TORONTO, March 3, 2020,/CNW/ – Canada’s forest sector continues to be an important source of employment across the country, including in rural, remote and Indigenous communities in Ontario. That is why Canada is investing in projects to equip Indigenous communities with the tools to build greener businesses and promote economic stability in the forest sector.

Paul Lefebvre, Parliamentary Secretary to the Honourable Seamus O’Regan, Canada’s Minister of Natural Resources, announced a $500,000 investment in Agoke Development Corporation, a forestry company owned and operated by the First Nations of Aroland, Eabametoong and Marten Falls, based in Thunder Bay, Ontario. This investment will support a project to increase Indigenous participation in Canada’s forest sector and contribute to the overall competitiveness of the sector. Parliamentary Secretary Lefebvre made the announcement at the Prospectors and Developers Association of Canada 2020 Convention in Toronto. 

The Anishnawbe Workforce Development Maintenance Program (AWDMP) aims to recruit up to 40 First Nations people, including adults and youth, to provide them with the training and technical skills required to join the forest sector labour force. To date, the AWDMP has recruited and trained 26 individuals. The AWDMP includes a job retention coordinator who works with industry partners to develop formal onboarding and on-the-job mentoring. The program also consults with First Nation elders to develop and introduce Indigenous cultural awareness training for employees, government agencies and industry.  

This project is funded by Natural Resources Canada’s Indigenous Forestry Initiative (IFI), which supports Indigenous-led economic development in Canada’s forest sector. The initiative aims to increase overall Indigenous participation in forestry-related opportunities, businesses, careers and governance.

Through Budget 2019, the Government of Canada committed an additional $12.6 million over three years for the IFI program. This investment supports Indigenous-owned forest businesses that build capacity and create jobs in communities while helping Indigenous communities increase and diversify their forest sector opportunities.

“This program directly benefits Indigenous communities by helping individuals acquire the skills and knowledge needed to succeed in the forest sector. The Government of Canada will continue to work with Indigenous partners to create opportunities in the forest sector that contribute to its continued competitiveness,” said said Paul Lefebvre Parliamentary Secretary to Canada’s Minister of Natural Resources.

“Our First Nations that make up the Agoke Development Corporation have traditional knowledge and heritage in the Ogoki Forest. Our peoples have been living off this sacred land since time immemorial. It is paramount that our peoples play a role in any resource development project within our traditional territories, especially forestry.  This training program will ensure that our peoples’ participation in the forest sector is prioritized, supported and valued. We are already seeing a drastic reduction in the unemployment rate in our First Nation,” said Chief Dorothy Towedo Aroland First Nation.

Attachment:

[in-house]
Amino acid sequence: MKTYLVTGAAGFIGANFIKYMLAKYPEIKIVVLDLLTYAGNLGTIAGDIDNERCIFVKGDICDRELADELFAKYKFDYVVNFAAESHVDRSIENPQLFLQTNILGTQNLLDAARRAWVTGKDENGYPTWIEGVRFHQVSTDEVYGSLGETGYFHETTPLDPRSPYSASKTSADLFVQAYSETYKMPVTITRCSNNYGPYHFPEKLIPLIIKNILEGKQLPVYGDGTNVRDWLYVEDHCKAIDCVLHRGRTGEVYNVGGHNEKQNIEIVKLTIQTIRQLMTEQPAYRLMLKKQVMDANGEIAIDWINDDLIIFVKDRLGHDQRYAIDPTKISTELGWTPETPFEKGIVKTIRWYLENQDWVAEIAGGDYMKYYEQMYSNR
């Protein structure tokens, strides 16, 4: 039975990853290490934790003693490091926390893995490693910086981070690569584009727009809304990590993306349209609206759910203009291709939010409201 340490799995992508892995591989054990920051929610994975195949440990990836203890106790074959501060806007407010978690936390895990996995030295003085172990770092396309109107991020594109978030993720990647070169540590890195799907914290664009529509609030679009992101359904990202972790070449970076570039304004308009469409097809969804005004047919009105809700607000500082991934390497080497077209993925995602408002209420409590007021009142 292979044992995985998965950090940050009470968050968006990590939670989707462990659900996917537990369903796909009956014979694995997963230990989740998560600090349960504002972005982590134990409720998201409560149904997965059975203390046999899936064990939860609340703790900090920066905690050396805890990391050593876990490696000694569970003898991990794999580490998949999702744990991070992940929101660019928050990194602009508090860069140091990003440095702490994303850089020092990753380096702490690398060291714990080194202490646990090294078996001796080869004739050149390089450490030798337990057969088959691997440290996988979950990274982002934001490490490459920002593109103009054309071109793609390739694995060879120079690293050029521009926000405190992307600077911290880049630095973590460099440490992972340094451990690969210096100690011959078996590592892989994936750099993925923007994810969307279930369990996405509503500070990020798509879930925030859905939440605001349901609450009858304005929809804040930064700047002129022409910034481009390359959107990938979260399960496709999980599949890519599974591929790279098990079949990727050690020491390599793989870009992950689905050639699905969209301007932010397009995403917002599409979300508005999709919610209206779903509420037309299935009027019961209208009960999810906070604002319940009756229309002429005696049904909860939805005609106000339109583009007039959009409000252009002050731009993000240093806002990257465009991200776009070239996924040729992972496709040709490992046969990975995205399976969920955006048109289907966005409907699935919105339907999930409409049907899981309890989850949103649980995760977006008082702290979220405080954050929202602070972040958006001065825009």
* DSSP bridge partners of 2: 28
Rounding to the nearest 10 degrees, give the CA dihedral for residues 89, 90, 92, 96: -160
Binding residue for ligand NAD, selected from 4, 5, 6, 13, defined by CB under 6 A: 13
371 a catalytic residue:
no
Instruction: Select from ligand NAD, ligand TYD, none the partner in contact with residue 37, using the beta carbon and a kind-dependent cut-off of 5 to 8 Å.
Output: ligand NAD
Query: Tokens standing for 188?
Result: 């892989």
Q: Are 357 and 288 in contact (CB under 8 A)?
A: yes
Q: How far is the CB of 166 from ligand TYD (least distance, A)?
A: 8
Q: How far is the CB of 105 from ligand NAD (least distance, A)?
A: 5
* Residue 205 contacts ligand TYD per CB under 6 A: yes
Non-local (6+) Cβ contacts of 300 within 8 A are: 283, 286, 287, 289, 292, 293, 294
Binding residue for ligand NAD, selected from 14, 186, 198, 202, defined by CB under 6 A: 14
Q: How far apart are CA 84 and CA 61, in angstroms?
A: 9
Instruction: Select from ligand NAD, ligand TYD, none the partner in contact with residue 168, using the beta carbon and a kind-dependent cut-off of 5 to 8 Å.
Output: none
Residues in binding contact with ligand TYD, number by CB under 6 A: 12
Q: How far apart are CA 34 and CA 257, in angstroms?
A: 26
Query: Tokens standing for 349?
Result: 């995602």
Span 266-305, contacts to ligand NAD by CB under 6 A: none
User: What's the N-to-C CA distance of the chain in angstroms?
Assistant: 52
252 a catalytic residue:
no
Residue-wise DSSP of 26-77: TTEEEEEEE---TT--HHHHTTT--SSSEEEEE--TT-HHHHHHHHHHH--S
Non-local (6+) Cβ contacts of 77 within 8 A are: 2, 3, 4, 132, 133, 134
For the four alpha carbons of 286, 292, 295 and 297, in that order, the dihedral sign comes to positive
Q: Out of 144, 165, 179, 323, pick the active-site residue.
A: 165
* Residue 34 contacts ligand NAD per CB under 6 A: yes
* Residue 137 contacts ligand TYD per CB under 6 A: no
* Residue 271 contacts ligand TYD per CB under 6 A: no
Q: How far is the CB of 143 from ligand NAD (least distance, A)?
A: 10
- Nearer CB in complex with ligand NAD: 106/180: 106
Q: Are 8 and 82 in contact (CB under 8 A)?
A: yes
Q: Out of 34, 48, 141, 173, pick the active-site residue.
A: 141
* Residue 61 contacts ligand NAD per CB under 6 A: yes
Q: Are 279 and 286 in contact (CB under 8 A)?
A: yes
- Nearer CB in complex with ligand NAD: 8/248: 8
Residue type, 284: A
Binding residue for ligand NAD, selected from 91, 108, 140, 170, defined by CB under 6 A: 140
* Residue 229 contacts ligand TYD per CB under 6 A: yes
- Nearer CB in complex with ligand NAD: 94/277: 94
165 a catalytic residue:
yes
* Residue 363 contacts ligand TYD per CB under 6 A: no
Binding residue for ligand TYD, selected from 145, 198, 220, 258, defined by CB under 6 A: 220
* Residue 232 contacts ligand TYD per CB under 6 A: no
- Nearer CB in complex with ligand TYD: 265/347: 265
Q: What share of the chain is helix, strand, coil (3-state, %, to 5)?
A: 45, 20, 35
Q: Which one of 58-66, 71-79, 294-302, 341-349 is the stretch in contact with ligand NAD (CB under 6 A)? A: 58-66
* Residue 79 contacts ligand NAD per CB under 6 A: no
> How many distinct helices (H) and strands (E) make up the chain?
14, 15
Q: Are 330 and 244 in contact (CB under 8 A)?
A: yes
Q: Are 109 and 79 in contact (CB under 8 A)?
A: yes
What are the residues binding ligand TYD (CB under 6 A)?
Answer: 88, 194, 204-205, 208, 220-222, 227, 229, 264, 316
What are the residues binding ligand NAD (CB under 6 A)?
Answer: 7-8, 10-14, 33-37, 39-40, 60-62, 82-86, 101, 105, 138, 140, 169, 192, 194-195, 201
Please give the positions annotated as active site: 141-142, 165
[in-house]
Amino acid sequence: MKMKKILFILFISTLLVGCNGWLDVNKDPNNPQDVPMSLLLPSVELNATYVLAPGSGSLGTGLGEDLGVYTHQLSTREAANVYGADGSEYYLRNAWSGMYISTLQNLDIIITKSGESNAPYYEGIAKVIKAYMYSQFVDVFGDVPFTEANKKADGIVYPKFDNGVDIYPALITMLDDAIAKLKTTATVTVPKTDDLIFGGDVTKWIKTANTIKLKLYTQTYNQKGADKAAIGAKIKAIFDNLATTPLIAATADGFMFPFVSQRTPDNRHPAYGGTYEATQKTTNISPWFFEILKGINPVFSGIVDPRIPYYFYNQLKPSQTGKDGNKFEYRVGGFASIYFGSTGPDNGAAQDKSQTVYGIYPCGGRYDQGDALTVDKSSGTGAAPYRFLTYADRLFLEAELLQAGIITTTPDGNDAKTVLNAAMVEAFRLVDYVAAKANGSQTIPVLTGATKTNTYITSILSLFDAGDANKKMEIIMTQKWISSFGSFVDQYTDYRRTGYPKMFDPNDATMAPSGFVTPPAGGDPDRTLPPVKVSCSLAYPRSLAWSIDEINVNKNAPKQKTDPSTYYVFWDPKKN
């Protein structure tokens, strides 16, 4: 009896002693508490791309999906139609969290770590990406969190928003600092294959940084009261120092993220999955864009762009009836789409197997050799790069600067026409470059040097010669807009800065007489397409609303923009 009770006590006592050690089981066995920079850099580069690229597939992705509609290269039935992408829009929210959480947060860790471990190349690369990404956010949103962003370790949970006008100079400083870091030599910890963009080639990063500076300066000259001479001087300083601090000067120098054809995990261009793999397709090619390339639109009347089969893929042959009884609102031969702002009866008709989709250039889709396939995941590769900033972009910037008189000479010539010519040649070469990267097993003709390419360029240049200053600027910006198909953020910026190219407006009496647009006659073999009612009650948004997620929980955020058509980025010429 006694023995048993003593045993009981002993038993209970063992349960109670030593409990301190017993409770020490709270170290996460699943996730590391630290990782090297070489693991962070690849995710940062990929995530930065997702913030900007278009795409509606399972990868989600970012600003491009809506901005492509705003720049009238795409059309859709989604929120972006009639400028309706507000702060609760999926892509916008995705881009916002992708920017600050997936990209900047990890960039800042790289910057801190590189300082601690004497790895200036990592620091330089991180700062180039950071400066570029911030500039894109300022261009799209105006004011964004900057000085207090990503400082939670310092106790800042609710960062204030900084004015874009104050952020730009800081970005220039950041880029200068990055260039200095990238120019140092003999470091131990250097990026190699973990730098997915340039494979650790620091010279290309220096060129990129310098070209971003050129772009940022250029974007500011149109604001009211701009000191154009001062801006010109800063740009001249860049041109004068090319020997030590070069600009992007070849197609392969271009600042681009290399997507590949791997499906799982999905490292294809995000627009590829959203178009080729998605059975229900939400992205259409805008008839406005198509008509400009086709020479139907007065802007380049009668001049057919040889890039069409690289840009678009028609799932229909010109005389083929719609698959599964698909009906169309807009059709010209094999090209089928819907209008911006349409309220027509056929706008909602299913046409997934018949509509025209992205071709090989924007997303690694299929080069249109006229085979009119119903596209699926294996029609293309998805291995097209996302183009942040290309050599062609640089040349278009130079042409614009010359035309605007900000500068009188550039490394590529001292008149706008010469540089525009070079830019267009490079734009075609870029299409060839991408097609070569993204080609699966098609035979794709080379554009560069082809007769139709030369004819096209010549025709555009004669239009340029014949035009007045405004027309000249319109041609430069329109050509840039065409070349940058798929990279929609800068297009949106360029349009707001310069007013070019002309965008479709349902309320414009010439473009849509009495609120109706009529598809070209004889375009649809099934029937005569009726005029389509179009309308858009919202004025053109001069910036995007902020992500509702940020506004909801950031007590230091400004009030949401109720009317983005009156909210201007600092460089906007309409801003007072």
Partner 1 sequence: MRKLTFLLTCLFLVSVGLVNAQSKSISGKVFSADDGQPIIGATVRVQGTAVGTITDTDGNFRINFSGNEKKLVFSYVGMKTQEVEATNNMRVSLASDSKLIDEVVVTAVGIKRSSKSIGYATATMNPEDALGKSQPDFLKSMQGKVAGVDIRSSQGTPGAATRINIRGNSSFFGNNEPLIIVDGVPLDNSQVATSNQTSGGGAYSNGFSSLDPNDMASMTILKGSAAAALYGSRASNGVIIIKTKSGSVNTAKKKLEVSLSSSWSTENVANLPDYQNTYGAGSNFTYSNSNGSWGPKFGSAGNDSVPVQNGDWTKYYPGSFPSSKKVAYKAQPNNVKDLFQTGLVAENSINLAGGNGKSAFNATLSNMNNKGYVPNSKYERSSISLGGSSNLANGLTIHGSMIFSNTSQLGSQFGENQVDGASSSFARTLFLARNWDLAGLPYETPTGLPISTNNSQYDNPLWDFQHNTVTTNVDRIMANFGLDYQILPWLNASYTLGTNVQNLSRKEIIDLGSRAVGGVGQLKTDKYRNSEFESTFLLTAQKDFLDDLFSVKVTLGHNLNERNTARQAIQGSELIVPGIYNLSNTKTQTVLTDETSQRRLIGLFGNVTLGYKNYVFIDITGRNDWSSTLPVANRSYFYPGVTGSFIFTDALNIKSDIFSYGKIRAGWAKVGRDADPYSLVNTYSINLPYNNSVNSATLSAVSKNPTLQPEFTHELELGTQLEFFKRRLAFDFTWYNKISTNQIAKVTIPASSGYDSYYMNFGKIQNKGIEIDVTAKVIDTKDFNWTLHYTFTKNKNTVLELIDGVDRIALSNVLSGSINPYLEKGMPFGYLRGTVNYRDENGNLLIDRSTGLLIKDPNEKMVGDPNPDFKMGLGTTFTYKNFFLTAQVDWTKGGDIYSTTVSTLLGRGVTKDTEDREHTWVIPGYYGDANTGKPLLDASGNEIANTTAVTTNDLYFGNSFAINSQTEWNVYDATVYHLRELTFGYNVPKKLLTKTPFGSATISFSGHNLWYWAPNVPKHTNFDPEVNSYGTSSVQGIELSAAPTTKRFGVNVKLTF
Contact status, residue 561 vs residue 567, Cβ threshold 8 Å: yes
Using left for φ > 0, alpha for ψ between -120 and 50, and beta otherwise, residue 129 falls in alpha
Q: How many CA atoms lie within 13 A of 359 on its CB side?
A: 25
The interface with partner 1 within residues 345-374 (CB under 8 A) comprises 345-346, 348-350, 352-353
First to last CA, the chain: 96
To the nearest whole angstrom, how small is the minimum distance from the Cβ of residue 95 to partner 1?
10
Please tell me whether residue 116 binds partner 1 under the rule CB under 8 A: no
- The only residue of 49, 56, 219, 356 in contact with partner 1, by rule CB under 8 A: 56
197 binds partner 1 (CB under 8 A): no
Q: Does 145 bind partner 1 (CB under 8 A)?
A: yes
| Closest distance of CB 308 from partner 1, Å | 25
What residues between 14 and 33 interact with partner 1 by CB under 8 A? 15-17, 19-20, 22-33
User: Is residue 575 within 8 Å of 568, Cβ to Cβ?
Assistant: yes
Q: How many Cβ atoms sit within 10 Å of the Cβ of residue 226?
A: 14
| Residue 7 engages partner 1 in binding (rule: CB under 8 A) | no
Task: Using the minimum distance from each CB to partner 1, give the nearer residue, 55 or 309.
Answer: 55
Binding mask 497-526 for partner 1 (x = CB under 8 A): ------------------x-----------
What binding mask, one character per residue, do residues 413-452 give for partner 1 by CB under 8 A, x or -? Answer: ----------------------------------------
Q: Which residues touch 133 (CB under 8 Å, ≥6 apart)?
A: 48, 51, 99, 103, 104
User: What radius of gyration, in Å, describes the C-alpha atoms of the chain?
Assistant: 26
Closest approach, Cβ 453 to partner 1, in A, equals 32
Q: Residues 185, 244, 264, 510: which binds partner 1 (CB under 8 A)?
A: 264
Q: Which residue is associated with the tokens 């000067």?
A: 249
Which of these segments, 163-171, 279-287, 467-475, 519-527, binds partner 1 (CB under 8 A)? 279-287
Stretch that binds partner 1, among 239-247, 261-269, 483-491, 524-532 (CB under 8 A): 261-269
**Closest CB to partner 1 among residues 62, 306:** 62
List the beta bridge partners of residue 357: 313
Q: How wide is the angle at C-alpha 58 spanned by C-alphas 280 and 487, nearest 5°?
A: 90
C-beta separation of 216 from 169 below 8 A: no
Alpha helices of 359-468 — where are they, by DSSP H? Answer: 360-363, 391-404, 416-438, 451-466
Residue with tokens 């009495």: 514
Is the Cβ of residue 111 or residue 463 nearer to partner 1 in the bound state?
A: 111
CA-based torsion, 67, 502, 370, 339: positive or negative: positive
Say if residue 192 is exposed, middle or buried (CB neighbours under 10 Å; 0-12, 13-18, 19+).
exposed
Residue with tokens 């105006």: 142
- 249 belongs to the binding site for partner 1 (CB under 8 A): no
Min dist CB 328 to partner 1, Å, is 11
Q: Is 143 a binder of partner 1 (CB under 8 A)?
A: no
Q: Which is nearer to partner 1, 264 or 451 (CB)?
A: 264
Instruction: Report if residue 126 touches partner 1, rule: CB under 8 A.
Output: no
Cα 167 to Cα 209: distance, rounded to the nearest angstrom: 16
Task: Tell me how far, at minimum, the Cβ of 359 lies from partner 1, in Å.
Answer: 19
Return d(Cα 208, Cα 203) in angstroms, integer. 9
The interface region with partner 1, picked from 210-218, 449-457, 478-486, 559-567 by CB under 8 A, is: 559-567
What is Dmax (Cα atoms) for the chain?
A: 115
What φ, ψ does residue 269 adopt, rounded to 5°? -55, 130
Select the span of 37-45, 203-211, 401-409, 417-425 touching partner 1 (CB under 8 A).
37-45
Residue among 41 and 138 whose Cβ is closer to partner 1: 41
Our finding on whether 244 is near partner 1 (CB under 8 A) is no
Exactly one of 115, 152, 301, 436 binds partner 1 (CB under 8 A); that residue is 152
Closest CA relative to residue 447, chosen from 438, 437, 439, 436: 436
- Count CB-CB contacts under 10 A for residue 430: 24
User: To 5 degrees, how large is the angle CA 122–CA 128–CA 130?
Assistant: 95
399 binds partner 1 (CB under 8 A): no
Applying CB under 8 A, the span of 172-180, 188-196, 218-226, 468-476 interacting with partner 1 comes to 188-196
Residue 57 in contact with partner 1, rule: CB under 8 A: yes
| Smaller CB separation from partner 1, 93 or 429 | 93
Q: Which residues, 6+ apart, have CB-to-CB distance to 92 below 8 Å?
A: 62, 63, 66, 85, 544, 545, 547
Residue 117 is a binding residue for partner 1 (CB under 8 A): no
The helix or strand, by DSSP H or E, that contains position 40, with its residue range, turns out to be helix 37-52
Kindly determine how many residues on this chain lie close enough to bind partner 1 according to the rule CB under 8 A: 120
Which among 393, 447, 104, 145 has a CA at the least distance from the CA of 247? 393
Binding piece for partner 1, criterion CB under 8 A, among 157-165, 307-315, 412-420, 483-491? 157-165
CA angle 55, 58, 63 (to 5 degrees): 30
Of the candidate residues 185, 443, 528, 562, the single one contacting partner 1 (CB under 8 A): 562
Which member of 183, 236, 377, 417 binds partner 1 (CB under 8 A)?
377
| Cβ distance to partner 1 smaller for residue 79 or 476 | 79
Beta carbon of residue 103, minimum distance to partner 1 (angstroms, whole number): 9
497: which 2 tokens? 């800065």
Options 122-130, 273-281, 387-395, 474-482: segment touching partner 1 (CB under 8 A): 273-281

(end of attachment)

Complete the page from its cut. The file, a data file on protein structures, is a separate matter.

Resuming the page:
“For the Agoke Development Corporation the training programs are key to improving the social and economic conditions in our First Nations and advancing our regional economy. As older workers are planning to retire, we are readying our communities to be positioned to play our part in filling the skilled trades gap. We are taking a lead role to unlock the immense potential of our youth and integrate millennials into the workforce by providing them with the tools, inspiration, experiences and personal support they need to succeed,” said Mark Bell, Aroland Nation, Board Director, Agoke Development Corporation.

“We are already seeing positive outcomes from the pre-employment training like the life skills, self-confidence building exercises, and wrap around supports for job retention. There is a lot of work to do to help our youth realize their true potential and make a career in forestry. This will require expansion and on the job training in other areas like road construction, harvesting, hauling and the skilled trades apprenticeships opportunities for First Nations. Through our strategic alliances and key partnerships with companies like the Nakina Sawmill, we are making sure that there is a guaranteed job and a light at the end of the tunnel,” said Bill Spade,Eabametoong, First Nation, Board Director, Agoke Development Corporation.

“Over the next few years, we are looking to expand into other related sectors like construction, energy and mining.   One of the main reasons for our success is our passion to be more than just a forestry company. We are empowering community members to take advantage of the cross training to diversify their skillsets for other projects like the Marten Falls all-season road or mine development. Our training initiatives are aligned with our long-term vision and are culturally appropriate. It’s rewarding to know that we are making a difference and helping our peoples change their lives for the better,” adds Lawrence Baxter, Marten Falls First Nation, Board Director, Agoke Development Corporation.



The Working Forest